I've only read a few posts, but I'm amazed that there are so many other families here who are having similar experiences. I'm torn between feeling sad that other families are having difficulty, and feeling selfishly relieved that our family is not the only one. (I'm sorry!) Our 28-year-old son has major anxiety issues stemming (we think) from past traumatic events with teachers (1 elementary, 1 college) and also from various "friends". He seemed to be doing very well through high school and college. He got good grades, had friends, and participated in a lot of extra-curricular activities he really enjoyed. If he had anxiety issues then, he masked them well. Or maybe he just managed them well. I'm not sure. He came home after graduation to work and save money while he looked for a better job. He dropped out of his extra-curricular activities after having an argument with a friend; the friend behaved badly, and it was understandably traumatic for our son. It was sometime during the next several months that he seemed to fall apart. He got a good job offer, and turned it down because he didn't feel he could handle it. After a year at home post-college, he moved to an apartment that we pay for (because we feel that it's important for him to have some independence and his own space), and we pay almost all his bills. He was getting massive anxiety attacks at work, so now he only works part-time. He's been in therapy ever since that year. He changed to another therapist a year ago when his original one moved out of state, and my husband and I both worry that he seems more unhappy now than before. He seems fixated on assigning blame rather than on moving forward with his life. He blames us for certain decisions we made -- for example, we didn't request to have him switched from a classroom with an unreasonably harsh and inflexible teacher. who "punished" him (mildly -- he had to bring home a yellow card saying he'd misbehaved, that was the punishment). The situation was that another child was bullying him, and after it went on for a while, our son screamed at the other child to leave him alone. The other child had no consequences. We did meet with the teacher AND the principal and quietly insisted that this could have been easily avoided, and that the teacher was both wrong and harmful to our child, and things did improve after that. We've apologized to our son, We do understand that there were plenty of warning signs before this, and we should have moved him before this every happened. This teacher had a reputation of being very rigid. When we inquired about moving him, we were told by the principal that both teachers from his previous year (whom he loved) felt strongly that he would do best with the rigid teacher. We later learned from one of the past teachers that this was not true at all, and that they had recommended the other teacher. But there is nothing we can do about that now. We keep explaining that we always made thoughtful decisions based on whatever information was available to us at the time, and that yes, some of them turned out to be the wrong decisions. That doesn't seem to be the right approach, because he still seems to obsess about past hurts, even asking about innocuous things that happened in toddlerhood, like when we didn't buy a toy he wanted because we were trying to stick to a careful budget, but he wants to know now if we were trying to punish him. In fact, he seems to be delving through ALL his past memories with the idea that everything he remembers "explains" why he has problems functioning now. That wouldn't bother me so much, except for two things: A. he's not processing the memories, letting go of them, and moving on with his life. He's obsessing about them. He seems to spend all his free time reliving them. B. some of his memories are completely different from how my husband and I remember things, and always in a specific way. We know that many kids with autism suffer from parents who tell them they are "broken" and need to be "fixed," or who tell them that they are misbehaving when they're having sensory issues, or who tell them they must learn to play "appropriately" with age- or gender-appropriate toys instead with things/in ways that interest or comfort them. BUT WE DIDN'T DO THAT. We made lots of mistakes, yes, absolutely, but not THOSE mistakes. So we are wondering where these "memories" come from, and how to address them? It's very painful to be accused of something we didn't do, especially when so much of HIS pain comes from being accused of something he didn't do. And that makes it very difficult for us to relate to him and to help him. We're happy to apologize for things we did do, but apologizing for things we didn't do seems like a terrible way to build a relationship. For the last 2 years, we have had very little contact with him except when he asks us for money, or calls me to ask about past evens. He doesn't want us to call him. We're very grateful to find this community, and especially Danny Raede & co, and we're really looking forward to starting the course. We are open to suggestions and advice!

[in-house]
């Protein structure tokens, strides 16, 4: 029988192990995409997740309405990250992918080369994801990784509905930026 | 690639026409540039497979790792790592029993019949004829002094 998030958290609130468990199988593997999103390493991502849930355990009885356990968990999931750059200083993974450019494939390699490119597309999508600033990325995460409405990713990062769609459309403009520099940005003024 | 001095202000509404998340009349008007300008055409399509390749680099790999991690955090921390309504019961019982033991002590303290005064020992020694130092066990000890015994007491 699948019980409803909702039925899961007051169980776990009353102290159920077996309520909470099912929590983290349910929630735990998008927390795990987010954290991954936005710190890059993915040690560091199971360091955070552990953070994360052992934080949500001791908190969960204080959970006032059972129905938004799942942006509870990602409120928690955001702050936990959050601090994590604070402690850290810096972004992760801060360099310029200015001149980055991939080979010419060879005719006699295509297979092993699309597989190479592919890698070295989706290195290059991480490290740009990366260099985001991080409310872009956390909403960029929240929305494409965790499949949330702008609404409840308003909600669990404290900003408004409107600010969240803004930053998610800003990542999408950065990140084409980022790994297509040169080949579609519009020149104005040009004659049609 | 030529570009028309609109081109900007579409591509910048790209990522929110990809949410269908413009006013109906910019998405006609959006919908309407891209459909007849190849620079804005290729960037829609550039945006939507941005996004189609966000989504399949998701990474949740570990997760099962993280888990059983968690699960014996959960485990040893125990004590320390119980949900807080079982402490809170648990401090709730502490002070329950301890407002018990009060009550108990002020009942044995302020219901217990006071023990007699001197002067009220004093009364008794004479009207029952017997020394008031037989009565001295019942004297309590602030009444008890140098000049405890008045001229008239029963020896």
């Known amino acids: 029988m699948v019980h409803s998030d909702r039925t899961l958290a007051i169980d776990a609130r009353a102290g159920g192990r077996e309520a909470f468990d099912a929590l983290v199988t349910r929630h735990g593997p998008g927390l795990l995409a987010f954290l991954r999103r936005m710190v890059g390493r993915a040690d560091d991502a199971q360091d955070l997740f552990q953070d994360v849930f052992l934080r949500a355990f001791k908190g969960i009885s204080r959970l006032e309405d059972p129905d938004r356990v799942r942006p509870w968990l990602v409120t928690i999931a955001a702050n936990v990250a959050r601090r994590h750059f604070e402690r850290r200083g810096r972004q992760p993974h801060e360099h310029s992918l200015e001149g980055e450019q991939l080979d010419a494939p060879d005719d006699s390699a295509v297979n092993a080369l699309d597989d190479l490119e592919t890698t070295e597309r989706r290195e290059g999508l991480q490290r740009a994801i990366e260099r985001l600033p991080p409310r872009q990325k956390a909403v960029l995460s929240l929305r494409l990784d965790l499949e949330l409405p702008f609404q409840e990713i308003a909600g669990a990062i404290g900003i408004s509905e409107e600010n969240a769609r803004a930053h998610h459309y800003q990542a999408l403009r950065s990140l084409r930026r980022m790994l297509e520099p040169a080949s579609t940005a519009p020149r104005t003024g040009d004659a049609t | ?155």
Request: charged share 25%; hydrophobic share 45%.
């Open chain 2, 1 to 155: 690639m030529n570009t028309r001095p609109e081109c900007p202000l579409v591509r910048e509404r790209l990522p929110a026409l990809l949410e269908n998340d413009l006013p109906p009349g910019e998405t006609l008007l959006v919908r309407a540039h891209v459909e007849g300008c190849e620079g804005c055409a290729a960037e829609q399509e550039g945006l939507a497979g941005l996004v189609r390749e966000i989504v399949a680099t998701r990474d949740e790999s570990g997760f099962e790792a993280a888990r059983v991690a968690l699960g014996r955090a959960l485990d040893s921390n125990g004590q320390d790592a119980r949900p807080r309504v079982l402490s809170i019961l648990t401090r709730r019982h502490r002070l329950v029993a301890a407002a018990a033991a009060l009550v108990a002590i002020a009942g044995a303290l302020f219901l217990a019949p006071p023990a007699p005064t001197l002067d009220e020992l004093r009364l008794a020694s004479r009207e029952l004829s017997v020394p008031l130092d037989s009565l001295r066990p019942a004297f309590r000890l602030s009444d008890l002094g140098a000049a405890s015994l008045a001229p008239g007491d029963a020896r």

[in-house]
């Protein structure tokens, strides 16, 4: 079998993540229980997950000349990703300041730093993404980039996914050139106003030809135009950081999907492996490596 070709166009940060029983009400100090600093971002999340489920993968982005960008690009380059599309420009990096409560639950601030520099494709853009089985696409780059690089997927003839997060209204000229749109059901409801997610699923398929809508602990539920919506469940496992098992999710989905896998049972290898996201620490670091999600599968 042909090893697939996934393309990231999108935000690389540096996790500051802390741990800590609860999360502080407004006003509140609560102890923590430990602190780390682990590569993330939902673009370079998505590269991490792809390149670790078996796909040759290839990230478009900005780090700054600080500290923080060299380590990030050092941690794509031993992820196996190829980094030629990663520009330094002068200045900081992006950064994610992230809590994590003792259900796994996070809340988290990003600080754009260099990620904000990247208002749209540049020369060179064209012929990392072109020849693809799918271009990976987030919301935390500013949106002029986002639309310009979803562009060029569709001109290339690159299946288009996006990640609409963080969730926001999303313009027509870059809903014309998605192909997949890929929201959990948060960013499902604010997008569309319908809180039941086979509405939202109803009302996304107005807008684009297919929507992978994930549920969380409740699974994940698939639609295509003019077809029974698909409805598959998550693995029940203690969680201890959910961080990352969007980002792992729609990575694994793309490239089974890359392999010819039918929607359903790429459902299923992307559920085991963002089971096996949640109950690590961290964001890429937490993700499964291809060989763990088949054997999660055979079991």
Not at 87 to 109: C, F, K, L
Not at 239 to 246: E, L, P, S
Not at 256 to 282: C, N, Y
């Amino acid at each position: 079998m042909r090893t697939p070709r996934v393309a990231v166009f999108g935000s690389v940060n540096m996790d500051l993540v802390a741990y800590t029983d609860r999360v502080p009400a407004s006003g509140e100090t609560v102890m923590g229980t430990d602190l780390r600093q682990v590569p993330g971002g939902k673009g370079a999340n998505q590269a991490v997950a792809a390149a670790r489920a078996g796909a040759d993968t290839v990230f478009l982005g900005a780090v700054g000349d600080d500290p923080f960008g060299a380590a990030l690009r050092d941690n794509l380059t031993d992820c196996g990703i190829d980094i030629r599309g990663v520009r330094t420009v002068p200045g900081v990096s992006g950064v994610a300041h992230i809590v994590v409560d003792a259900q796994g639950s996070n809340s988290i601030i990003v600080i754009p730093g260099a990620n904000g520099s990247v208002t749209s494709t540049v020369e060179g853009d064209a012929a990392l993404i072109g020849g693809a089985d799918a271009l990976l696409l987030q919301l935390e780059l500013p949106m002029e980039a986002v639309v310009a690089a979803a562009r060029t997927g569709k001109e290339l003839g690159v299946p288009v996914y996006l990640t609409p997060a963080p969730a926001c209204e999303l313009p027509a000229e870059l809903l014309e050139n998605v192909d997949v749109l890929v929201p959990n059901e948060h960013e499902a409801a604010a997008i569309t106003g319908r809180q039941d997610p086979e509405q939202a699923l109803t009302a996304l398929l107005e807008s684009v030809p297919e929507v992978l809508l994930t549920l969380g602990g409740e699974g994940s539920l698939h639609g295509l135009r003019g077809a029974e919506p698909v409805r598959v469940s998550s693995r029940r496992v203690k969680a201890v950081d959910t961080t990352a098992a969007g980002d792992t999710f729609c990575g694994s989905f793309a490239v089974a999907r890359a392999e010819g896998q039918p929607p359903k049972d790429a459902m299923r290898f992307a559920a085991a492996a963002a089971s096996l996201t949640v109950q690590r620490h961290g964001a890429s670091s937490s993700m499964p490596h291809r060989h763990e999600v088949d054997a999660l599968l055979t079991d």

Posted by mamakat at 2024-02-10 19:11:25 UTC